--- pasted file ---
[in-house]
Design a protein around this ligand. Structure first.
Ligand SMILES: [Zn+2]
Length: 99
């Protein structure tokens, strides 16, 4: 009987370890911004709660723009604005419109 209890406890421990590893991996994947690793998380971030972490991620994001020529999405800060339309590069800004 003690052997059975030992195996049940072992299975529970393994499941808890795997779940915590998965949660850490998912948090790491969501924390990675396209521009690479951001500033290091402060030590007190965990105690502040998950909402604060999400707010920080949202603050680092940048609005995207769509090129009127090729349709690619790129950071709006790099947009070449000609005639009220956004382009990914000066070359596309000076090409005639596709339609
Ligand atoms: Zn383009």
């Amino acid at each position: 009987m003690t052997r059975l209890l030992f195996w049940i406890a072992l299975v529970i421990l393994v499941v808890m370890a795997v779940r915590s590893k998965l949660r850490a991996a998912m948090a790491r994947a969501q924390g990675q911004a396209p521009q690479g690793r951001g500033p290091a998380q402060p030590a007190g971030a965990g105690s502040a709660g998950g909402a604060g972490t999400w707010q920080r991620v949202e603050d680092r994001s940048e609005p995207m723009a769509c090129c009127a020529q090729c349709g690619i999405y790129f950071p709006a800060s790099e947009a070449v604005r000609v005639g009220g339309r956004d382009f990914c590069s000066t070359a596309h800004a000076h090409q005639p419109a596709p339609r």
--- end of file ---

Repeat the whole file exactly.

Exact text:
[in-house]
Design a protein around this ligand. Structure first.
Ligand SMILES: [Zn+2]
Length: 99
């Protein structure tokens, strides 16, 4: 009987370890911004709660723009604005419109 209890406890421990590893991996994947690793998380971030972490991620994001020529999405800060339309590069800004 003690052997059975030992195996049940072992299975529970393994499941808890795997779940915590998965949660850490998912948090790491969501924390990675396209521009690479951001500033290091402060030590007190965990105690502040998950909402604060999400707010920080949202603050680092940048609005995207769509090129009127090729349709690619790129950071709006790099947009070449000609005639009220956004382009990914000066070359596309000076090409005639596709339609
Ligand atoms: Zn383009």
């Amino acid at each position: 009987m003690t052997r059975l209890l030992f195996w049940i406890a072992l299975v529970i421990l393994v499941v808890m370890a795997v779940r915590s590893k998965l949660r850490a991996a998912m948090a790491r994947a969501q924390g990675q911004a396209p521009q690479g690793r951001g500033p290091a998380q402060p030590a007190g971030a965990g105690s502040a709660g998950g909402a604060g972490t999400w707010q920080r991620v949202e603050d680092r994001s940048e609005p995207m723009a769509c090129c009127a020529q090729c349709g690619i999405y790129f950071p709006a800060s790099e947009a070449v604005r000609v005639g009220g339309r956004d382009f990914c590069s000066t070359a596309h800004a000076h090409q005639p419109a596709p339609r």